Forest and Rick meanwhile worked on cutting and fitting the new boiler jacketing. This is a pretty straight forward process of tracing the old jacket sections and cutting the new ones. Simple but time consuming, and even after you copy the old jacket sheets they always seem to need more trimming. After the sheets were cut they were put in place and the brackets installed to clamp them in place.

Jeff working on the petty coat.

Jeff working on the petty coat.

Up front in the smoke box I began assembling and welding the new petticoat pipe mounts. These are different from the originals in that they will be adjustable. Adjustment of the petty coat may come later after the engine has been steamed up and run. If the petticoat is not at the right height above the blast nozzle it can affect the draft in the boiler.  On Sunday, Gary finished the assembly and welding of the mounts. Next time we will work on the baffles and should also be able to reinstall the smokebox door.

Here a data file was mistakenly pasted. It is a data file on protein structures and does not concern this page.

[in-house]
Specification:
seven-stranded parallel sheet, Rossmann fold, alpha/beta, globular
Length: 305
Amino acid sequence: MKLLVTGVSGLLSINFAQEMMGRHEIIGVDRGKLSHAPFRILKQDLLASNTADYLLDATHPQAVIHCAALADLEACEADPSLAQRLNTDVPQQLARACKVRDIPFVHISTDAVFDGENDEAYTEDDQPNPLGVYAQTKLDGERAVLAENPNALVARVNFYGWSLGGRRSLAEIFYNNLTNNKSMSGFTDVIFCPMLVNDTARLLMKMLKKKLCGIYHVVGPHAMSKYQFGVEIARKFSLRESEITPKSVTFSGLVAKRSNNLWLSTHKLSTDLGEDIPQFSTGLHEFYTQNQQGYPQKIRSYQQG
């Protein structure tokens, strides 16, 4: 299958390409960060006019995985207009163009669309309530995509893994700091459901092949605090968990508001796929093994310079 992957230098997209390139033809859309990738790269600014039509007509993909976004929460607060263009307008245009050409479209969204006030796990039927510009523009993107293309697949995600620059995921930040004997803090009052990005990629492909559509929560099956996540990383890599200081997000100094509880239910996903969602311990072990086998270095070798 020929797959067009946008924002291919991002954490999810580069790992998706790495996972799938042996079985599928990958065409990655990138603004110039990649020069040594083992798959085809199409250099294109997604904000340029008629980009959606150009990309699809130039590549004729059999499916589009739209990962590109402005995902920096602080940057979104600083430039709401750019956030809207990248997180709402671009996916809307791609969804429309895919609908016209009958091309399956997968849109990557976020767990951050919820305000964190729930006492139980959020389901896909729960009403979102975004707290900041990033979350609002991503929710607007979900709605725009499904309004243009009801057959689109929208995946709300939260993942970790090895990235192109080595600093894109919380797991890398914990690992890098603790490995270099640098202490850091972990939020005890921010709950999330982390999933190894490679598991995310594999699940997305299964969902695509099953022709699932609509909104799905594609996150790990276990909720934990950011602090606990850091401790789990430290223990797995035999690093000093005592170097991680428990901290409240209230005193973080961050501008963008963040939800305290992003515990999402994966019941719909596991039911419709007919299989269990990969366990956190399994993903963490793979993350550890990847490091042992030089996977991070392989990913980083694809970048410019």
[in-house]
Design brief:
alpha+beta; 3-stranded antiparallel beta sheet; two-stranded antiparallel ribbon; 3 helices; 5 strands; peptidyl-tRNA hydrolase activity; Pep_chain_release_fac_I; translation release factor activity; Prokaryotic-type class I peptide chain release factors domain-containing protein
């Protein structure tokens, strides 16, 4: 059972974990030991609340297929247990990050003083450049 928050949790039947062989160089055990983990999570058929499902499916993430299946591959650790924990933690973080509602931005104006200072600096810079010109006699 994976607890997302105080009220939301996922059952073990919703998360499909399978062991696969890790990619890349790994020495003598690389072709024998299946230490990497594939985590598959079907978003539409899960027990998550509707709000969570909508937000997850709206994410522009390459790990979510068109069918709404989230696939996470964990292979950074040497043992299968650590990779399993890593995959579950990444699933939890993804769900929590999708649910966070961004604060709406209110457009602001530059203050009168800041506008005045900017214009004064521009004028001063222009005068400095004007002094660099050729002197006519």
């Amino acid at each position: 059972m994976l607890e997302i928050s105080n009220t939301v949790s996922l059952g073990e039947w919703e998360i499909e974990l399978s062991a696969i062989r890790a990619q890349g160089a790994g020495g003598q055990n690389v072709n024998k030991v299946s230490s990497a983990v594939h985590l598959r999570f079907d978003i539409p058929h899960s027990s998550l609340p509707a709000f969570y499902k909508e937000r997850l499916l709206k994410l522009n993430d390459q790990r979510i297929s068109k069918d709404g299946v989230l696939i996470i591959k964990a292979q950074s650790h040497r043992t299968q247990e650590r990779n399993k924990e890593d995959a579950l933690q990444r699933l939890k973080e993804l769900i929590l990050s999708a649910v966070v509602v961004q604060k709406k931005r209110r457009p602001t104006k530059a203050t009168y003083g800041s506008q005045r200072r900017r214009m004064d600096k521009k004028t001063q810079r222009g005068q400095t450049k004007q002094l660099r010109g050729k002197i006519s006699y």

Mike and Ryan working on the panel track.

Mike and Ryan working on the panel track.

While all this was going on Dave was gathering rail to assemble the panel track. After finishing the burner, Mike and Ryan helped assemble the track. To accomplish this meant torching the rails to the same length and cutting holes in them for splice bars and all thread to hold the rails at the correct gauge.

Modified 64 rod brass

Modified 64 rod brass

Beyond the weekends work, we also took delivery of the new rod brass billet. Modified-64 brass is the standard material to use with locomotive rod brasses and crown brasses. With the material on hand we are now headed towards getting the new brasses made and the rods installed. To help us facilitate  final machining of the new bushings we now also have a new home for our lathe and mill. Joe Andrews our long time machinist and 50 year Independence resident is moving to Oregon and so we had to move our machine shop to a new location. We will miss Joe, but we have a great new building for the tools.

Our new machine shop

Our new machine shop

Over at the museum, trackage and dirt work plans are being currently reviewed by the County public works department. Once stamped we can proceed with the dirt and track laying. We have also begun the process of getting building quotes and pricing. Things at the museum are moving forward, a little slowly perhaps, but forward none the less.

And lastly, Ed Fleming our official videographer has put together a quick little piece on the bell installation from February. You can check it out here.